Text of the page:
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Time to start thinking about flu shots

Though the typical influenza season in Minnesota runs from November through April, the time to think about getting flu shots is now, according to Becker County Community Health supervisor Ronda Stock.

"There is no shortage of vaccine this year," she said. "We've just started our flu shot clinics, which is pretty much on target (as compared to previous years)."

One thing that has changed, however, is the number of clinics that Stock's agency holds each year.

"Every year, we reduce the number of vaccines we order," she said. "It used to be more of a public health function to give mass flu clinics, but it's not that way anymore. There are many more venues for people to get the vaccine."

Besides hospitals and private clinics, pharmacies and large discount stores like Wal-Mart and Kmart, which include their own pharmacies, are also offering the flu shot clinics.

"Pharmacists can give flu shots now too," Stock added. "There are even some schools that are contracting with private providers (instead of with their local public health agencies)."

And there are now alternative methods to getting a shot every year, Stock added. There is a nasal vaccine that has worked really well for otherwise healthy people between the ages of 2-49.

Whether it's through public/community health agencies or through a private provider, flu vaccinations are particularly important for young people, Stock said, because they are exposed to the disease not only during school hours, but also through after school programs and activities.

"Flu is a serious thing," Stock said. "We lose 36,000 people in the United States to the flu and its complications every year, and between 800-900 in Minnesota alone."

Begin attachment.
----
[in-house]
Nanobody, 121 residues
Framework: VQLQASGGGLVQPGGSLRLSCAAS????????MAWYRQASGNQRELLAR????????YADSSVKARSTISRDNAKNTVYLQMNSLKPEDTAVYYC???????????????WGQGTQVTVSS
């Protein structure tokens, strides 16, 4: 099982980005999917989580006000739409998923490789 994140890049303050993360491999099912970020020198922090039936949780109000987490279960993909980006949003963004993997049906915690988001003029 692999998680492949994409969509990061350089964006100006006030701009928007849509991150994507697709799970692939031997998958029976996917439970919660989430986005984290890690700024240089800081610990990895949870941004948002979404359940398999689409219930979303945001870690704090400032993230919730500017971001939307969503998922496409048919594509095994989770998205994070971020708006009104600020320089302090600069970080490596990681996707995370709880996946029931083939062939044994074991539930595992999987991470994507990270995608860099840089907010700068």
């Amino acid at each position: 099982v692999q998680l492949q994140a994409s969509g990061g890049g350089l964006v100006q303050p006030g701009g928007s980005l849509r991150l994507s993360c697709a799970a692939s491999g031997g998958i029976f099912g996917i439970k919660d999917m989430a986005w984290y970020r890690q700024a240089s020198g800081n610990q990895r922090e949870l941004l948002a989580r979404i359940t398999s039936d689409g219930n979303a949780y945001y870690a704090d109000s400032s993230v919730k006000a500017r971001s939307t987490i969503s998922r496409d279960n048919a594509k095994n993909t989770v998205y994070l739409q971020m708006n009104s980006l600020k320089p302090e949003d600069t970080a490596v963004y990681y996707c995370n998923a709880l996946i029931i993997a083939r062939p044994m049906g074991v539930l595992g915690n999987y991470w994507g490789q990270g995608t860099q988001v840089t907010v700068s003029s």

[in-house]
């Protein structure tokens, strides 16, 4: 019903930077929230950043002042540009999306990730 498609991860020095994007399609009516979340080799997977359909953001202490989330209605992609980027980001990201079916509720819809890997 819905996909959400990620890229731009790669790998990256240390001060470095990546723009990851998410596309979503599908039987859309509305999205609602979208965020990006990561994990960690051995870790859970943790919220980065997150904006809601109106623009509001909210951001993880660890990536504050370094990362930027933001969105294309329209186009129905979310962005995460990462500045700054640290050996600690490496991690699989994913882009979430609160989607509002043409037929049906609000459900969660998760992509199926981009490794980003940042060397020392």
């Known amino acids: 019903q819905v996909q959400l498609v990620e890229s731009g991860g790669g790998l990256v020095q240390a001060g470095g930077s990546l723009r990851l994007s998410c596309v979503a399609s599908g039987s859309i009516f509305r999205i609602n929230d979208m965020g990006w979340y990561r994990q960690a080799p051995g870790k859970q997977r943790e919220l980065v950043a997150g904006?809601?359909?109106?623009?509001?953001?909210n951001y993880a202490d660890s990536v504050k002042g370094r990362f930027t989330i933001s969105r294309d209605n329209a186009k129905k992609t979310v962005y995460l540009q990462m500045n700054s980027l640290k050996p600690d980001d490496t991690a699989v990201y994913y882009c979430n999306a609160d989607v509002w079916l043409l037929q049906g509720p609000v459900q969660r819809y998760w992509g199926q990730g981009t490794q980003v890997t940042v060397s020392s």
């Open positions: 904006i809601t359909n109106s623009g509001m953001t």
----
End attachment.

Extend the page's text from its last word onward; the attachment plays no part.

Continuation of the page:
Though annual flu vaccinations are recommended "for anyone who doesn't want to get the flu," Stock said, there are certain segments of the population that are more at risk than others.

High-risk patients include everybody over age 65, diabetics, cancer patients, people with high blood pressure, kidney or heart disease, and people with respiratory problems.

Health care providers working in hospitals, clinics, nursing homes and public health agencies, as well as day care providers and those working with children on a daily basis, are also advised to get vaccinated -- not just to protect themselves, but to prevent the spread of the disease, Stock said.

Though some cases of the flu have been known to be reported as early as September or October, there have not been any early outbreaks in Becker County this year.

"There are no documented cases of the flu in our county yet," Stock said.

Because the flu season lasts for several months, it is best to wait until late October or early November to get vaccinated, because there is a higher likelihood you will remain immune until the season has passed for another year, Stock said.

No vaccine is completely foolproof, however, she added.

"This vaccine is not a 100 percent guarantee that you won't get sick, but it's going to greatly reduce the symptoms and longevity of the flu if you do get it," Stock said.

Becker County Community Health has scheduled a public flu shot clinic for this Wednesday, Oct. 24, at the Cormorant Senior Center, from 9:30 to 11 a.m. More dates may be added as the need arises, but as previously mentioned, the agency has "really scaled back" the number of clinics it holds each year, Stock said.

An updated list of flu shot clinics being offered in Becker County will be available in the Community Health section of the county's Web site, For more information, call Community Health at 218-847-5628, Ext. 5404.

Vicki Gerdes

Staff writer at Detroit Lakes Newspapers for the past 16 years, currently editor of the entertainment and community pages as well as covering city council and the Lake Park-Audubon School Board. Living in DL with my cat, Smokey.

(218) 844-1454